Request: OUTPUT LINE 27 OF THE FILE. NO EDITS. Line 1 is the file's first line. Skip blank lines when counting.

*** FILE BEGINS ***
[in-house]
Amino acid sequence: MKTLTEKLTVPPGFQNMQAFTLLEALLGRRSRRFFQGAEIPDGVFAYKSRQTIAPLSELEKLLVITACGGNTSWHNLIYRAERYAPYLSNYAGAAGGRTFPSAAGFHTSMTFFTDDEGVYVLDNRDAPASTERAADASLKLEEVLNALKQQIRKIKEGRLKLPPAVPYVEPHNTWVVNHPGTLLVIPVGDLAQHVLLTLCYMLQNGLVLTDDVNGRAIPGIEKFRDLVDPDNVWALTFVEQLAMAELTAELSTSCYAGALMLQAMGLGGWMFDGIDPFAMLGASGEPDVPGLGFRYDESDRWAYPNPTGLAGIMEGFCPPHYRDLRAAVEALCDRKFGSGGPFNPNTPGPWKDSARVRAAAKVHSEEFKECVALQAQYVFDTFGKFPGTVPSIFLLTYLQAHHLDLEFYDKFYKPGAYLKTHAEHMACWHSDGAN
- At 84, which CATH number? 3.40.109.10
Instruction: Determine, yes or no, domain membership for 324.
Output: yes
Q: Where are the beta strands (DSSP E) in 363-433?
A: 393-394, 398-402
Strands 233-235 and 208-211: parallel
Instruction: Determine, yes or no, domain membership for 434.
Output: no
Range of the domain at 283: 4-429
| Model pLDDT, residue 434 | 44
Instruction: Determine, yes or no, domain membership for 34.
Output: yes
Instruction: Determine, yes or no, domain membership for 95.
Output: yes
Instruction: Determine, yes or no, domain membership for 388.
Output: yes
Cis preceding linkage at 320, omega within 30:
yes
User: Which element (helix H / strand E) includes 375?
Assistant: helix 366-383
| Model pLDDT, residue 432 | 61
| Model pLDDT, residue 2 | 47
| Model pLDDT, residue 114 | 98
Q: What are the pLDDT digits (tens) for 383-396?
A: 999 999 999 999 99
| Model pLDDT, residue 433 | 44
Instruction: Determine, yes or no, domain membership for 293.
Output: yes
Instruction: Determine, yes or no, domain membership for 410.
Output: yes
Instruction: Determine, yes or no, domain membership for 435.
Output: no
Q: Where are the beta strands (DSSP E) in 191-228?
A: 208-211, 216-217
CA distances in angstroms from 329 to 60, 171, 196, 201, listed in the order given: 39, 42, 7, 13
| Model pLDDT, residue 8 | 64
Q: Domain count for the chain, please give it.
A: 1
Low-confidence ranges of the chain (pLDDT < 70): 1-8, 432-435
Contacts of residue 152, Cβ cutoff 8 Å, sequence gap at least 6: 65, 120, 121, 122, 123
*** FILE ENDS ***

A: 999 999 999 999 99